Equality Michigan: Hate violence against gay, transgender citizens is not slowing


DETROIT — Last week, David Battjes was attacked in downtown Grand Rapids after attending an Equality Michigan event. He was allegedly thrown against a wall, verbally assaulted, called a “faggot” and told “you don’t deserve to live” before being punched in the stomach.

He was targeted because he is a gay man. No suspects have been found.

On July 14, a 28-year-old gay man was assaulted in Detroit by four men. According to police, the incident appeared to be a setup.

The victim met a date in a public place and was approached by assailants who proceeded to rob him, beat him and steal his car while verbally assaulting him with anti-gay slurs.

To protect the victim’s safety, his name has not been released.

On July 4, 50-year-old Dennis Lafata was beaten in Warren after being hit by the attacker’s vehicle. The attackers allegedly put Lafata in a headlock, called him a “faggot” and asked “How would you like me to slit your throat?” before pulling out a knife and a bat.

Police have suspects in custody.

Two additional potential violent hate crimes were reported to Equality Michigan in July in which victims are fearful of coming forward.

All of these appalling incidents are part of a disturbing trend in Michigan: hate violence against gay and transgender citizens is not slowing.

Statistics just released by the National Coalition of Anti-Violence Programs confirmed that anti-gay and anti-transgender hate violence increased nationally by 13 percent from 2009 to 2010.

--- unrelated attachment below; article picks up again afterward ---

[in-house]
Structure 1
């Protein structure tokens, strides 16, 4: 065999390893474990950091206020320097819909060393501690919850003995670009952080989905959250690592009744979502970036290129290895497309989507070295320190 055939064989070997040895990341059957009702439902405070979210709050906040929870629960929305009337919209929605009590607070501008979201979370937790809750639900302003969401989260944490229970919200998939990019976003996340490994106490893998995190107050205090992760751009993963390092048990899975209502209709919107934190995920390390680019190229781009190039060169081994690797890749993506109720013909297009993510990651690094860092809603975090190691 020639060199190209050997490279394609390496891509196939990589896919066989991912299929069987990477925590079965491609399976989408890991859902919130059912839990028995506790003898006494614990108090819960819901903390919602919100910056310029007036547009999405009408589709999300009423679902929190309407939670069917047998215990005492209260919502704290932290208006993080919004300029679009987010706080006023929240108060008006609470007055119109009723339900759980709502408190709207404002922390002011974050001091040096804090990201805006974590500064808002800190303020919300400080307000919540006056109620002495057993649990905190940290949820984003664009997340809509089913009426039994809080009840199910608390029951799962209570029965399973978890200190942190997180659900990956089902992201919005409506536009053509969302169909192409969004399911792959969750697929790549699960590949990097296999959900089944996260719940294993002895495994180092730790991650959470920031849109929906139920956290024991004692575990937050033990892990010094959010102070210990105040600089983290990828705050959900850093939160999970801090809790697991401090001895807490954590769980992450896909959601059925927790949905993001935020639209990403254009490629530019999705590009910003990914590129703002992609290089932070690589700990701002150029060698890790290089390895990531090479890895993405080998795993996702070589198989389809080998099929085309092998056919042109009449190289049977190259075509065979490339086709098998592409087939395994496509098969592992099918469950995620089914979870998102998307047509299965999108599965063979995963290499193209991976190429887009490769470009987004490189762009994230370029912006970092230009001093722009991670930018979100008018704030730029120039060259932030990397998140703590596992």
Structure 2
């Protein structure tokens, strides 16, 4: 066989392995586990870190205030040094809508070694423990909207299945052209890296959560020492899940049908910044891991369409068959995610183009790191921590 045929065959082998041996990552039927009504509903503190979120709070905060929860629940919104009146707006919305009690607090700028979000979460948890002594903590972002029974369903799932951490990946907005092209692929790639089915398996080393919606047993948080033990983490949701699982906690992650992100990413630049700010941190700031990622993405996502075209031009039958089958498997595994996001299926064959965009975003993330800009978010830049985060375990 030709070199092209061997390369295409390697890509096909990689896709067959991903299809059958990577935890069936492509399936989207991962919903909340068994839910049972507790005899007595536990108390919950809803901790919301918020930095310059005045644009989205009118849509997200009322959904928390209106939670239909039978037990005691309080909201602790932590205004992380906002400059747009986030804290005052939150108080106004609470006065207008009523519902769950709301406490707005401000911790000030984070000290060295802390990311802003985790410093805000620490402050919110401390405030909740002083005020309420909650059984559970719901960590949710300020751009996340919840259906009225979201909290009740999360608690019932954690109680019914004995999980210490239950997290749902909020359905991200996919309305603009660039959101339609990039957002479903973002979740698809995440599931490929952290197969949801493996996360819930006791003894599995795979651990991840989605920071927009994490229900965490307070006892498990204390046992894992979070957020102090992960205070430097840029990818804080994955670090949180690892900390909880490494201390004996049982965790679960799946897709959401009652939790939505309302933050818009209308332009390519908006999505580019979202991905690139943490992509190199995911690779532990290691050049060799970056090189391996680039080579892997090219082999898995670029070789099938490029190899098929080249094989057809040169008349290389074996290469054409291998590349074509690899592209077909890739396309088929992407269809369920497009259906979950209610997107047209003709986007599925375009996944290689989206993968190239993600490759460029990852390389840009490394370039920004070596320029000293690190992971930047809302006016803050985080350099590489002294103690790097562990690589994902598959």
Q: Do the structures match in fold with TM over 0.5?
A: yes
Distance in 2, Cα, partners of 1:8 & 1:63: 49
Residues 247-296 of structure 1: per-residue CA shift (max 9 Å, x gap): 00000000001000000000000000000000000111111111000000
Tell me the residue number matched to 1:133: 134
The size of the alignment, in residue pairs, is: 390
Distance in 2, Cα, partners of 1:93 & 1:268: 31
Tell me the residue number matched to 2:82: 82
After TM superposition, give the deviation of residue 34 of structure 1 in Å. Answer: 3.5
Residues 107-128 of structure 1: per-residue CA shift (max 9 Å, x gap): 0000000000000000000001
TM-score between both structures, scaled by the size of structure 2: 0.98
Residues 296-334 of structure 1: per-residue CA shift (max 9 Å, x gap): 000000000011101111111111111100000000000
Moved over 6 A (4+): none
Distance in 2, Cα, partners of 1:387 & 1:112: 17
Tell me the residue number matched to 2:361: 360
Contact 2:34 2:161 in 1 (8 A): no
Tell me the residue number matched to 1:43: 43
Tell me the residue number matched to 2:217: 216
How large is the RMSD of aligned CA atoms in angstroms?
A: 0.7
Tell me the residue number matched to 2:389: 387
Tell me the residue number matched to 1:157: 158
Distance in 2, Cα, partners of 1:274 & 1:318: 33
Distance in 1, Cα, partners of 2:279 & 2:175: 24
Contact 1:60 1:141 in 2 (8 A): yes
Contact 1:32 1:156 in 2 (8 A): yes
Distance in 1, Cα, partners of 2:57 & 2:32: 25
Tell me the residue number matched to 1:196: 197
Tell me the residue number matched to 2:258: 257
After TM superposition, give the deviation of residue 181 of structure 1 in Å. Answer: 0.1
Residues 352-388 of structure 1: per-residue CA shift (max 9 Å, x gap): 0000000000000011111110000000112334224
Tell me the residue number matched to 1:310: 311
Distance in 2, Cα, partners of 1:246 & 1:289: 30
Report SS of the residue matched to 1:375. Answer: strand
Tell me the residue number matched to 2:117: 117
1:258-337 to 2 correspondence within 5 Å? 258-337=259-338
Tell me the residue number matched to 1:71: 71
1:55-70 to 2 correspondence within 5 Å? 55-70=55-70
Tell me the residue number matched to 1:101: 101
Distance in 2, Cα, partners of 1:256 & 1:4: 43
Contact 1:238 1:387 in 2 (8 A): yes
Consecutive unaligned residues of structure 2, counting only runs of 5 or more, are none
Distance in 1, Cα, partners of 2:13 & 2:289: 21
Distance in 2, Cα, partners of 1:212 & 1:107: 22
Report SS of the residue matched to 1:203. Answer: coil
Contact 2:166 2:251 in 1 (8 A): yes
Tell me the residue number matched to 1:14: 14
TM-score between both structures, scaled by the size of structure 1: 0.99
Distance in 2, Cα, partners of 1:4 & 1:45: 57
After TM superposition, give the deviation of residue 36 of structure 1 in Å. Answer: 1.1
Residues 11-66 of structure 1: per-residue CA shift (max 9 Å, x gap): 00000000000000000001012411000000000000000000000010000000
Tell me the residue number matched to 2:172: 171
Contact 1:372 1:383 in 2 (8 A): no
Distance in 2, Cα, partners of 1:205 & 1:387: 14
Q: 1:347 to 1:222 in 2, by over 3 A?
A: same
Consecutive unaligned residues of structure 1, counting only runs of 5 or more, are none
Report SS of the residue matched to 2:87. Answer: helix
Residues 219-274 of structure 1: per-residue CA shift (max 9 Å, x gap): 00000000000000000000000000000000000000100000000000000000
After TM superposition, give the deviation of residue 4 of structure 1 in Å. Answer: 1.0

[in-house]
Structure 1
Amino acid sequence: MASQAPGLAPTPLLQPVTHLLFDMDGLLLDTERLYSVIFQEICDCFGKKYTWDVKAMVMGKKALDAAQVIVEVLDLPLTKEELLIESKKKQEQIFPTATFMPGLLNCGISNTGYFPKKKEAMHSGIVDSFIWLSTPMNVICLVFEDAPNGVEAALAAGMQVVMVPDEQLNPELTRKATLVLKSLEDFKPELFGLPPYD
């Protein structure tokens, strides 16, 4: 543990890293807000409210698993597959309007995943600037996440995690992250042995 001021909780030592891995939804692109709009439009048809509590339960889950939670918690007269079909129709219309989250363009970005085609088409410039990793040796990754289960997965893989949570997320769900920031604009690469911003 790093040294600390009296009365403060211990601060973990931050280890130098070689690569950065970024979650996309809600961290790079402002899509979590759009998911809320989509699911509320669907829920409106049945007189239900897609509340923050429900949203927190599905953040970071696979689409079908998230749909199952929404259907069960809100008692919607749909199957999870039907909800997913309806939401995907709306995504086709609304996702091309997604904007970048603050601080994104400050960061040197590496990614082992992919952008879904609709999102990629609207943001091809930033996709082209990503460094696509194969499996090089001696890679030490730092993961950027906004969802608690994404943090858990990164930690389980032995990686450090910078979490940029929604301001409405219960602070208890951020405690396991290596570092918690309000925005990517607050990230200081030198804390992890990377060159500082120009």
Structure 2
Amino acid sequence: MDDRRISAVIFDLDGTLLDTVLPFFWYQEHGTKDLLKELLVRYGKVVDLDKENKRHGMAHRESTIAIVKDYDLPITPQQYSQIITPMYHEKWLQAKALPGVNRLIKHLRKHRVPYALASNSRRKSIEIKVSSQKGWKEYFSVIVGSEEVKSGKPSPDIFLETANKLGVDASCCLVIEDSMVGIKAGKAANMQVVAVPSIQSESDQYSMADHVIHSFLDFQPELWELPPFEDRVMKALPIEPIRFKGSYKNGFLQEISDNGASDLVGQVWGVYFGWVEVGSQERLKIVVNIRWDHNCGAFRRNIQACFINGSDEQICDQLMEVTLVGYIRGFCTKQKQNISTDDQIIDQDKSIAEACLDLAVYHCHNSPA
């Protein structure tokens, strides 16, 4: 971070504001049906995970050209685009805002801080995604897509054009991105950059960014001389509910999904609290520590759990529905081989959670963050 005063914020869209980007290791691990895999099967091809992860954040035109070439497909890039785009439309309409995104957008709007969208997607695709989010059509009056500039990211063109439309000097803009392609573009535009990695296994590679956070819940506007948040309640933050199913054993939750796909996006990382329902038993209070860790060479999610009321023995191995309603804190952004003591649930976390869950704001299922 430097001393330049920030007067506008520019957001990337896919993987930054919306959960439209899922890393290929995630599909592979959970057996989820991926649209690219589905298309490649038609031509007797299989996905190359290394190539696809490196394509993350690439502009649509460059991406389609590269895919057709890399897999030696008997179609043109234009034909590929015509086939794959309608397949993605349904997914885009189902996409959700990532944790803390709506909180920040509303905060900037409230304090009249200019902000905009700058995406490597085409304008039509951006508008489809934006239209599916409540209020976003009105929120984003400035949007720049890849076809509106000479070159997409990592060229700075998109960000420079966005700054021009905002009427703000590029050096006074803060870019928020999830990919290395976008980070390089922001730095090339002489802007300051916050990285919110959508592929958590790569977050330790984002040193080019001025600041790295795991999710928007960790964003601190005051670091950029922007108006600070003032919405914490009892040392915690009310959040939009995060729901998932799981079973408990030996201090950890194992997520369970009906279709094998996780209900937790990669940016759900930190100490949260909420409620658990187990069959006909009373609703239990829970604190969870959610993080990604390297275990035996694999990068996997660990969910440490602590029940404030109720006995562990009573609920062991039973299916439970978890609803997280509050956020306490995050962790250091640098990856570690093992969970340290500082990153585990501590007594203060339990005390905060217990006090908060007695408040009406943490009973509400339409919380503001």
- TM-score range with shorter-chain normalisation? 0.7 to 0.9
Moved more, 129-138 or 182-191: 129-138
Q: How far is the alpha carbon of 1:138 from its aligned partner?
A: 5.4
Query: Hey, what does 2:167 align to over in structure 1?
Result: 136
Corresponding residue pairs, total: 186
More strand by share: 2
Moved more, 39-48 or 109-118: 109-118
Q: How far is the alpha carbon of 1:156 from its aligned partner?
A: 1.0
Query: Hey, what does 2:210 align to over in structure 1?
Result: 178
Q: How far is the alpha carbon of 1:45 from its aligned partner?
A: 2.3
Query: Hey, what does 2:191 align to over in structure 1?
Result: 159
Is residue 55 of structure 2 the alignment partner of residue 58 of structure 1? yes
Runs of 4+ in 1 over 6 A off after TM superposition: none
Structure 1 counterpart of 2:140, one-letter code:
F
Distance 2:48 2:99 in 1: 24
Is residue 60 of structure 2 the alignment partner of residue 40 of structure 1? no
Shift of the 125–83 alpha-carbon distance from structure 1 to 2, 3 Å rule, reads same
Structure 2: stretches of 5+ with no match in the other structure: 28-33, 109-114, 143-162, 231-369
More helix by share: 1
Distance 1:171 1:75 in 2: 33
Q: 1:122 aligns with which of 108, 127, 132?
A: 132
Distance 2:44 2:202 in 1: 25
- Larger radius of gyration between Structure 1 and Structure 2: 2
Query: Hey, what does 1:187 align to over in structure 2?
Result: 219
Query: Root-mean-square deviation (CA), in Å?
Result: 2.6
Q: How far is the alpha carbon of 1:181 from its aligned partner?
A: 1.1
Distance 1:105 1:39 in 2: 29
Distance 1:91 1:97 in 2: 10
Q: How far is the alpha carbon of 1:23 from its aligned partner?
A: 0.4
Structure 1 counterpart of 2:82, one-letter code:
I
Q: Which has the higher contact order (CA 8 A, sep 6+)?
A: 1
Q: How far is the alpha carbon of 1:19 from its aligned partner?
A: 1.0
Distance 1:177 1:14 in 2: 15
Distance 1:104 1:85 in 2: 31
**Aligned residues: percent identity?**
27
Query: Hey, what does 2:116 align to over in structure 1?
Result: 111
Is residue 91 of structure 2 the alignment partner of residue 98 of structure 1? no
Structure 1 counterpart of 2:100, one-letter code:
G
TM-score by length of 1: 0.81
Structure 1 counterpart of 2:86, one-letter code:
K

FBI statistics show that anti-gay hate crimes are the third most frequent kind of hate crimes in America after race and religion. Advocates are expressing outrage over these incidents and are calling on Michigan lawmakers to take action.

“The reports of violence that we’ve received this year are horrifying,” said Denise Brogan-Kator, Equality Michigan’s Executive Director.

“Gay and transgender Michiganders should be able to walk the streets of their own communities without fear of violence. We’re seeing disturbing evidence that too few have the freedom to do so.
We need public leaders, law enforcement officials and legislators to stand up and say that violence against gay and transgender people is not OK. Instead, we’ve had some radical legislators in Lansing openly promote hate and intolerance of their gay and transgender constituents. It’s time for Michigan to get serious about passing and enforcing a hate crimes law that includes gay and transgender victims.”

Current Michigan law makes it a felony to assault someone, damage property or threaten to do so when the crime is motivated by bias based on race, national origin, color, religion or gender.

While overwhelming public support is growing for including gay and transgender people in hate crime laws, Michigan is still one of the states that doesn’t.

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